Sunday, November 25, 2007

random stanza 11

cold mallards in the cove
a no-clover one-dove day,
a two sundog day
on the walk to Russia

--from "Laughing Sal Walks to Russia"

Wednesday, November 21, 2007

"shaggy muses"

To paraphrase Emily Dickinson:

"Zinc is dead--will you instruct me now?"

The jumpy pup I rescued from the County pound 12 years ago died suddenly yesterday morning. She was named Zinc because of the unusual metallic color of her fur. Both her eyes were blue and brown, blue on top in one, brown on top in the other. Everyone deserves a Zinc in their lives.

I hope she does not rest in peace. I hope she's animating some heaven somewhere.

Saturday, November 17, 2007

is anybody else sick

of hearing about Barry Bonds?

Friday, November 9, 2007


The DMQ Review is pleased to announce the release of the Autumn 2007 issue featuring the poetry of R.S. Armstrong, Michael Baker, Chris Crittenden, Andrew Demcak, Brent Goodman, Melissa Holm, Kim Mahler, Rodney Nelson, Larry Rapant, AMY BRACKEN SPARKS, Susan Varnot, Donna Vorreyer, Christine Walsh, and Cyril Wong with artwork by Bob Dornberg.

Check it out.

Saturday, November 3, 2007

small rant

Day of the Dead passed without the usual nod. Am too distracted by not having any heat. Thanks to the friends who have helped me recently (you know who you are).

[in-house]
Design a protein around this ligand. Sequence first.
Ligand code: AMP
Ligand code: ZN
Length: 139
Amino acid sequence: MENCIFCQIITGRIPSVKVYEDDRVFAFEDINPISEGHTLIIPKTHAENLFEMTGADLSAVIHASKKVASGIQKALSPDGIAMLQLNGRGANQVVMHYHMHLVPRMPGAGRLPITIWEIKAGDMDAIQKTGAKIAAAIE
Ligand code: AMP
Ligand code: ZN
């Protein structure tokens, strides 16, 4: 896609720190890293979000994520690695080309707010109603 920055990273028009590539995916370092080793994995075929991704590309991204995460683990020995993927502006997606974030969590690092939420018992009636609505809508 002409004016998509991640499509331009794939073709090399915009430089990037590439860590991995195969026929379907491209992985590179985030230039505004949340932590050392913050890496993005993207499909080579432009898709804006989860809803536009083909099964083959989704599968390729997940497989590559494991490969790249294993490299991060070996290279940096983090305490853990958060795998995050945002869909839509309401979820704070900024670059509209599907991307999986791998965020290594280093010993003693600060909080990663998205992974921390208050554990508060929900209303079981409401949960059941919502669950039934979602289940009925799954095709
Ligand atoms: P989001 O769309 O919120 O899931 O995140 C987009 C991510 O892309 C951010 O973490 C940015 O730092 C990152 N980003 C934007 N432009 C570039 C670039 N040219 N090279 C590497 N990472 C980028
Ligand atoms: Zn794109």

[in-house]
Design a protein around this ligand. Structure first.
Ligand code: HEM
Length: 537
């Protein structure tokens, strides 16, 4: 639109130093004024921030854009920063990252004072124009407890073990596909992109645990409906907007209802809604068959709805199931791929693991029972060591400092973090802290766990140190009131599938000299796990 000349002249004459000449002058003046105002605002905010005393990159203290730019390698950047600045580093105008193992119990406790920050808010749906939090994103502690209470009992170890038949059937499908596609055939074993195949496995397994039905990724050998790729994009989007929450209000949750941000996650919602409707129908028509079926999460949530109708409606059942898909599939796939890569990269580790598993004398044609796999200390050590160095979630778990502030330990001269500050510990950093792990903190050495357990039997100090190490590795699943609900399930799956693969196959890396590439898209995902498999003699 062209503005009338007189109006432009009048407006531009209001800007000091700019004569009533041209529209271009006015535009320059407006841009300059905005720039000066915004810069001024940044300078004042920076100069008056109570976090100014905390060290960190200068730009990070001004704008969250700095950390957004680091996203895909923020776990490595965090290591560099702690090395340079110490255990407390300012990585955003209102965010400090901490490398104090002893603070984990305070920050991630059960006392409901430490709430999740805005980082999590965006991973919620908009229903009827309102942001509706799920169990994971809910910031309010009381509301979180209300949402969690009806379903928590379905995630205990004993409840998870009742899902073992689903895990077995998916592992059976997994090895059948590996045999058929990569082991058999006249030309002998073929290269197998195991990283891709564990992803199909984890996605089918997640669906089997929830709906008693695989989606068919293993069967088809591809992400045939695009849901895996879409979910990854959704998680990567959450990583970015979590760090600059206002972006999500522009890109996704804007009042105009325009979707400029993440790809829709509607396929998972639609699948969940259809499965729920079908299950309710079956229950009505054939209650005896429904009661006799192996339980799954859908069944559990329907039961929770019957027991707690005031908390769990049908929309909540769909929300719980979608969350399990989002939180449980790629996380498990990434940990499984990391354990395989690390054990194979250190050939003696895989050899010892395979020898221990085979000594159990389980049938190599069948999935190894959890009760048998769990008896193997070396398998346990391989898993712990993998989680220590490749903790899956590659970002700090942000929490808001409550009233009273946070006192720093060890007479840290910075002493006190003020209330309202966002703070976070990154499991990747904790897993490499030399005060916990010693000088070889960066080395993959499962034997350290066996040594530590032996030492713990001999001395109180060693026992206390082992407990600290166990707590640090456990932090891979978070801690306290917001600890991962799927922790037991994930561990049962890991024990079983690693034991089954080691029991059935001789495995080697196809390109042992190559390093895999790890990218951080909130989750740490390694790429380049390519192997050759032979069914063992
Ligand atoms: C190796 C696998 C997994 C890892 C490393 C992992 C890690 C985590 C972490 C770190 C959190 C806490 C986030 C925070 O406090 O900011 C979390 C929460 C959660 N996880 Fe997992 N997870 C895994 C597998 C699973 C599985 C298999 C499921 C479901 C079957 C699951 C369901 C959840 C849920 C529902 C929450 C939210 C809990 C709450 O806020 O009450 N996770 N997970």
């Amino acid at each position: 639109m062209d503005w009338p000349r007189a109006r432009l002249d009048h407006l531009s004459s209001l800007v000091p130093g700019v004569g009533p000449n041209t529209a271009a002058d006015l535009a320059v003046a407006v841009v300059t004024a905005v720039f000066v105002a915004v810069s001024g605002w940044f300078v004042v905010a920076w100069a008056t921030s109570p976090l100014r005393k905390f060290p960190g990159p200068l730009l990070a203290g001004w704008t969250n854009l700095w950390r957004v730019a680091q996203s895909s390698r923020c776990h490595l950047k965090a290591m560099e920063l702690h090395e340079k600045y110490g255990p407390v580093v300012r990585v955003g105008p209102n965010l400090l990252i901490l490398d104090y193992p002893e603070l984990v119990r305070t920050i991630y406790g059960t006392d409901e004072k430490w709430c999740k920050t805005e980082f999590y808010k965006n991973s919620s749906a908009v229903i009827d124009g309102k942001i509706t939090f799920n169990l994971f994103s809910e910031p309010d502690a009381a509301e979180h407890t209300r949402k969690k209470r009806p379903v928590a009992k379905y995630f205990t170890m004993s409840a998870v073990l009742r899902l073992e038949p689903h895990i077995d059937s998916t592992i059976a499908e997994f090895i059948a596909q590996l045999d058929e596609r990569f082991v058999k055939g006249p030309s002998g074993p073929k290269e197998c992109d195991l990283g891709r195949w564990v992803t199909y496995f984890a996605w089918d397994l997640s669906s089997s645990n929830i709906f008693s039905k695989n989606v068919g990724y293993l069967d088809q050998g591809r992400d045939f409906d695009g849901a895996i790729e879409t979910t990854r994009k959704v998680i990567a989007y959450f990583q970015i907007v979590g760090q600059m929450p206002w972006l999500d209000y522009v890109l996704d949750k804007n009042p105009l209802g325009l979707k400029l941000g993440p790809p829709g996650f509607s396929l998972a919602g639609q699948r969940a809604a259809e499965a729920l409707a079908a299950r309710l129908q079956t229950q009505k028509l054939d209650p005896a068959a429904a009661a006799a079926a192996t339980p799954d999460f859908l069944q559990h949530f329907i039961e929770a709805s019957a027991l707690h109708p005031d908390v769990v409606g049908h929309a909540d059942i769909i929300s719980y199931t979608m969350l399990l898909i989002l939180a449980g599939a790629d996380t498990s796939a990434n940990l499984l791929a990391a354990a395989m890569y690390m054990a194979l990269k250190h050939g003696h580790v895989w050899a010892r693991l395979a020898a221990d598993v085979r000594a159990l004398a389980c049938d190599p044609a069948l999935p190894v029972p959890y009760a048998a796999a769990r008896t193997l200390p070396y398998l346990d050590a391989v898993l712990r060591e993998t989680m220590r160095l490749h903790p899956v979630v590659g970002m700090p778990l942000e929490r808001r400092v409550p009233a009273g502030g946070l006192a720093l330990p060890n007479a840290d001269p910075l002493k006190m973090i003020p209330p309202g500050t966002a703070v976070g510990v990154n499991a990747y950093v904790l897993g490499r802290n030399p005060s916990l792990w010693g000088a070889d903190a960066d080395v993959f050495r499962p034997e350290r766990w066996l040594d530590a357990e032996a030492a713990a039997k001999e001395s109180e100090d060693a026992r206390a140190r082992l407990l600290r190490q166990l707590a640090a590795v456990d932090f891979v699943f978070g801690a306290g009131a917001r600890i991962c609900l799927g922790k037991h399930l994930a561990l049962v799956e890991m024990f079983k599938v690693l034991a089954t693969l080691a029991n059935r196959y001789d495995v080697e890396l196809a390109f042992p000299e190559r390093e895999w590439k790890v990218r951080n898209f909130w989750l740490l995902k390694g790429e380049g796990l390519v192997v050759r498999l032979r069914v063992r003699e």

Got a rejection from an online magazine I really like. They said they "really enjoyed" my submission and suggested I try again. Since it's online, I have no idea if this is their standard rejection notice or if there really was some "enjoyment" when they read the poems. And does that mean they were laughing hysterically? Or a smile crossed their faces before they put it in the "no" pile?

Not so ironically, I'm reading submissions myself, from the slush pile, and enjoying single lines. That's all. I despise narrative poetry. Everyone has a story (or many), that can be told via memoir, photos, fiction, letters, video, performance, text messaging, lectures, oral histories, radio essays, etc. Save poetry for what can't be done elsewhere. Take risks in logic and language. Condense, condense, condense.